The LDS Church is currently engaged in a systematic and officially endorsed effort to misrepresent some of its teachings to the outside world.
This is not a new phenomenon. As far back as the Nauvoo period, “Joseph [Smith] publicly and repeatedly denied he was advocating polygamy” while simultaneously marrying upwards of thirty women.
But attempting a similar feat in the age of the internet is a dicey proposition.
Mormons Don’t Get Their Own Planet?
I am referring to a recently released essay on the LDS Church’s official website titled “Becoming Like God.” While the essay should be commended for affirming that “divine parentage includes a Heavenly Mother,” such an admission cannot make up for the Technicolor prevarication in a different paragraph where it is claimed that “few Latter-day Saints would identify with caricatures of having their own planet.”
As an active member of the LDS Church for over 35-years, this is news to me.
A caricature is a “comic exaggeration.” I am surprised to discover at this late date that the teaching I have personally heard and read on numerous occasions, that faithful Latter-day Saints will eventually have “their own planet,” is a “comic exaggeration.” It is not an exaggeration at all, comic or otherwise. It is a fact, plain and simple.
The Church first ventured into this field of revisionist theology about a year ago when it published answers to frequently asked questions. This is found on the official LDS website in the Newsroom section, which the webpage banner proclaims is “The Official Resource for News Media, Opinion Leaders, and the Public.”
One of the questions that is apparently frequently asked is, “Do Latter-day Saints believe that they will ‘get their own planet’?” The answer given to this by the Church is simple and straightforward, if somewhat unexpected. The answer is, “No. This idea is not taught in Latter-day Saints scripture, nor is it a doctrine of the Church. This misunderstanding stems from speculative comments unreflective of scriptural doctrine.”
Just to make sure I wasn’t losing my mind, I ran a test case by asking my wife this FAQ on the Church website. I played it completely fair and asked her the same question in the same words: “Do Latter-day Saints believe that they will get their own planet?” Without hesitation, she answered, “Yes.”
So apparently there are at least two Latter-day Saints in the world who would answer that question differently.
No, wait. There are more. Those would be the prophets, seers and revelators who have taught this doctrine for over 100-years.
Just the Facts, Ma’am
Brigham Young said those who are exalted “will be prepared to frame earths.” Orson Pratt taught that the faithful who rise immortal will “form and create worlds.” Lorenzo Snow said glorified Latter-day Saints will “organize matter into worlds on which their posterity may dwell.”
But that was a long time ago. Maybe that was just an anomaly. No, wait. There are more.
Joseph Fielding Smith wrote, “We will become gods and have jurisdiction over worlds, and these worlds will be peopled by our own offspring.” Bruce R. McConkie taught regarding exalted parents, “For them new earths are created.”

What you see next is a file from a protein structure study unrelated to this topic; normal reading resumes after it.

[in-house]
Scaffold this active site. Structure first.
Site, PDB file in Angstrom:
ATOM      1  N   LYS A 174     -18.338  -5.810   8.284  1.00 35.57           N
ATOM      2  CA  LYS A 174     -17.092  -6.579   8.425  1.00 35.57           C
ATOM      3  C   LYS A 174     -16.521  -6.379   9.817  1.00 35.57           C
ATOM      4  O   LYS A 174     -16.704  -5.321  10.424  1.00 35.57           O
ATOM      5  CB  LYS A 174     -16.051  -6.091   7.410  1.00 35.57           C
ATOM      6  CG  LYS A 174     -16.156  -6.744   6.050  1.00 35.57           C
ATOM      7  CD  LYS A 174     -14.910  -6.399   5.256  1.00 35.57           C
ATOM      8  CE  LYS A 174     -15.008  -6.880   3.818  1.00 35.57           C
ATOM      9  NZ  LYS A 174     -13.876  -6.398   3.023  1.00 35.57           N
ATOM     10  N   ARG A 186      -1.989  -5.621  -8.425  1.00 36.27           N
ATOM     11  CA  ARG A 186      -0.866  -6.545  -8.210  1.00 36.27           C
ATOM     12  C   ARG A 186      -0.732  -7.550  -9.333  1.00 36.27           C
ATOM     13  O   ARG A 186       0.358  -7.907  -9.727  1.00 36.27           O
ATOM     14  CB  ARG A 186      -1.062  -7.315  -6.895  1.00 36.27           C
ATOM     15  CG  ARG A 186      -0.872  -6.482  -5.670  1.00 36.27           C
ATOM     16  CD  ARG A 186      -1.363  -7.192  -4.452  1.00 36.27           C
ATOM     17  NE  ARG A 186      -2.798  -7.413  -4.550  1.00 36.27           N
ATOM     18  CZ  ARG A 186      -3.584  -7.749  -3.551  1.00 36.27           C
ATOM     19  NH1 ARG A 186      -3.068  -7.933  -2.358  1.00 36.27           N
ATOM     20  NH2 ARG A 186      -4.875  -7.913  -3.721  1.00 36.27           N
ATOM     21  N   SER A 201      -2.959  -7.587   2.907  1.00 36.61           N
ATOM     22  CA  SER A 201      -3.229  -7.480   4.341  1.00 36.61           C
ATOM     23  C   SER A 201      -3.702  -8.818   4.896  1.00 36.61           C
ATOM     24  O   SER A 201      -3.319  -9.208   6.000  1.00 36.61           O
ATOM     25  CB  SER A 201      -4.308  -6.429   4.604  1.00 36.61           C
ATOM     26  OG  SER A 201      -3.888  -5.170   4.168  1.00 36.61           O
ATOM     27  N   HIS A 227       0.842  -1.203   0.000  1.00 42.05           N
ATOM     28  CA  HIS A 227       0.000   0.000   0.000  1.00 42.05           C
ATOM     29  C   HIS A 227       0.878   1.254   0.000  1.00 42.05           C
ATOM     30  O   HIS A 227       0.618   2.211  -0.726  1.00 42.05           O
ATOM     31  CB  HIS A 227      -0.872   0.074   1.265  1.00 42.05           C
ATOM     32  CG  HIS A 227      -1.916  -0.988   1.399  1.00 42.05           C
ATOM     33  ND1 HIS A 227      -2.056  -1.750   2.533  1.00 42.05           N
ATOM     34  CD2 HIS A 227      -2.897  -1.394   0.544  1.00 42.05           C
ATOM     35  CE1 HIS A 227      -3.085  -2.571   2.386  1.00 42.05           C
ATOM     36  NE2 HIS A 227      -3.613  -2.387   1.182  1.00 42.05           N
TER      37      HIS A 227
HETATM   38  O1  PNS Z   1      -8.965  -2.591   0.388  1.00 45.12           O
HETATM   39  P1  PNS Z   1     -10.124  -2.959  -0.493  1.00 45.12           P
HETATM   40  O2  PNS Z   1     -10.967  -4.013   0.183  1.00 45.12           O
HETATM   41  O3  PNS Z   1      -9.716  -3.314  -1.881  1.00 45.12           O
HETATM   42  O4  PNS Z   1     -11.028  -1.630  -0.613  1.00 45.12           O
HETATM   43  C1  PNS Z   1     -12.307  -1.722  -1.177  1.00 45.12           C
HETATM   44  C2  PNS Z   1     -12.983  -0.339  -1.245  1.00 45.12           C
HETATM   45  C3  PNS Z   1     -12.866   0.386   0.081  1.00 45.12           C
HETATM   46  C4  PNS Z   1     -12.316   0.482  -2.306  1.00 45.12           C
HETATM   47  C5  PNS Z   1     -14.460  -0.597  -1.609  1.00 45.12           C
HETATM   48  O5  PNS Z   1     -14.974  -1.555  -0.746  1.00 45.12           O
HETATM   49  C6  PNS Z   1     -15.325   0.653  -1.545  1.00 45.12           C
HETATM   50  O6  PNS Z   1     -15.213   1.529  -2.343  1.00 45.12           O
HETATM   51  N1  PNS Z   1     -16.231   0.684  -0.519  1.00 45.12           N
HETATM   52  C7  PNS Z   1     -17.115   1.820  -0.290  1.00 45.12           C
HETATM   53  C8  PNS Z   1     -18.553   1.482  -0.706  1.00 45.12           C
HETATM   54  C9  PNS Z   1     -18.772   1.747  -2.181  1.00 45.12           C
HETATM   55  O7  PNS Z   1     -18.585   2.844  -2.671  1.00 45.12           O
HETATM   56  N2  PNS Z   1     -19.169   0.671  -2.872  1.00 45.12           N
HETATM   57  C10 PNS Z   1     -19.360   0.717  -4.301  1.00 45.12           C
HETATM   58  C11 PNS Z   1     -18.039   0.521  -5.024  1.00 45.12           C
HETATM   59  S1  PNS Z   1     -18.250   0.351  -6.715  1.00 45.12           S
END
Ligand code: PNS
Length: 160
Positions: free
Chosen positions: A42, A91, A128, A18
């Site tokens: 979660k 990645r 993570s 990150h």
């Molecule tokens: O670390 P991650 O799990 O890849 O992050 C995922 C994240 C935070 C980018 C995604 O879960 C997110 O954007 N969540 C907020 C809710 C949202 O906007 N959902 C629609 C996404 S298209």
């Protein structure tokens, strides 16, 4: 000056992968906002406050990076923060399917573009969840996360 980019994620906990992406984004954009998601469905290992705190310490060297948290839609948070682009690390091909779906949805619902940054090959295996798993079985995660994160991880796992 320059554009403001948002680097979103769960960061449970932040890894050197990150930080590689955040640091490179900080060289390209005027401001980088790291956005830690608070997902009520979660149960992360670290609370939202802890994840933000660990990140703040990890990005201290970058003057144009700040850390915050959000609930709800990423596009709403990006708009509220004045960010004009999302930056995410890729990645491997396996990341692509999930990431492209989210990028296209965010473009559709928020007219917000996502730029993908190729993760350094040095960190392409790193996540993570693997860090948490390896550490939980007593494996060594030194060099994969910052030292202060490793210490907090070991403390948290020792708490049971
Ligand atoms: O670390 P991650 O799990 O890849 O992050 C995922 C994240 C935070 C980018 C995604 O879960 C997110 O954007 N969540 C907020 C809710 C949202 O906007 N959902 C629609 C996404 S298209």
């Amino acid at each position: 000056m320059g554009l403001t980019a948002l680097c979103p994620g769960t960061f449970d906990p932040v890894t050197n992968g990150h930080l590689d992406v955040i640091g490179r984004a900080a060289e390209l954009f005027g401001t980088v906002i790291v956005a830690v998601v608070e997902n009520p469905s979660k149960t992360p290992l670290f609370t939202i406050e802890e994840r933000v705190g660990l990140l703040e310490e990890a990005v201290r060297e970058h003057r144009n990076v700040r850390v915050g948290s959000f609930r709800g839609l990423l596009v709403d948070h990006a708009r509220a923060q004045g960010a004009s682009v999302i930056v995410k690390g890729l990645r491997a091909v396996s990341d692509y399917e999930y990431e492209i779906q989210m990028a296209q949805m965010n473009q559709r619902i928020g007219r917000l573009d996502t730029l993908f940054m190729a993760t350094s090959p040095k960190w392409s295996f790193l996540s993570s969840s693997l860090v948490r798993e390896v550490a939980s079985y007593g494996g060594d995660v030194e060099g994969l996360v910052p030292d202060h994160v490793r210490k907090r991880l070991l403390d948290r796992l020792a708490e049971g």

President Spencer W. Kimball said, in addressing the October 1975 Priesthood Session of General Conference, “Brethren, 225,000 of you are here tonight. I suppose 225,000 of you may become gods. . . . I think [God] could make, or probably have us help make, worlds for all of us, for every one of us 225,000.”
On another occasion, President Kimball counseled Latter-day Saints to “grow in ability and power and worthiness, to govern such a world with all of its people.”
President Kimball was the prophet, seer and revelator of the Church of Jesus Christ of Latter-day Saints when he spoke these words. But perhaps that doesn’t make a difference any longer. Maybe 1975 and 1976 are too long ago for it to count.
No, wait. There are more.
When Worlds Collide
What about contemporary iterations of this doctrine? Surprisingly, both these quotes from President Kimball are alive and well in current LDS Church manuals accessible on the official website.
The former Kimball quote is found in the current Doctrine and Covenants student manual, while the latter Kimball quote can be found in the Parent’s Guide for teaching children age 4-11, the Doctrine of the Gospel student manual, as well as the Doctrine and Covenants and Church History Seminary Teacher Resource Manual.
Even the manual used to teach investigators and new members contains this information. From lesson 36 of the Gospel Fundamentals manual, the Preface to which avers, “The principles explained in this book are true,” we have the following: Those who dwell in the highest part of the celestial kingdom “will even be able to have spirit children and make new worlds for them to live on.”
Now hold on thar, Baba Looey! Are you saying the Church is telling the outside world that Mormons won’t get their own planet, but telling the inside world of Mormons that they will get their own planet? And that the Church has both statements at the same time on its own official website?
Like I said, playing fast and loose with the truth in the internet age is a dicey proposition.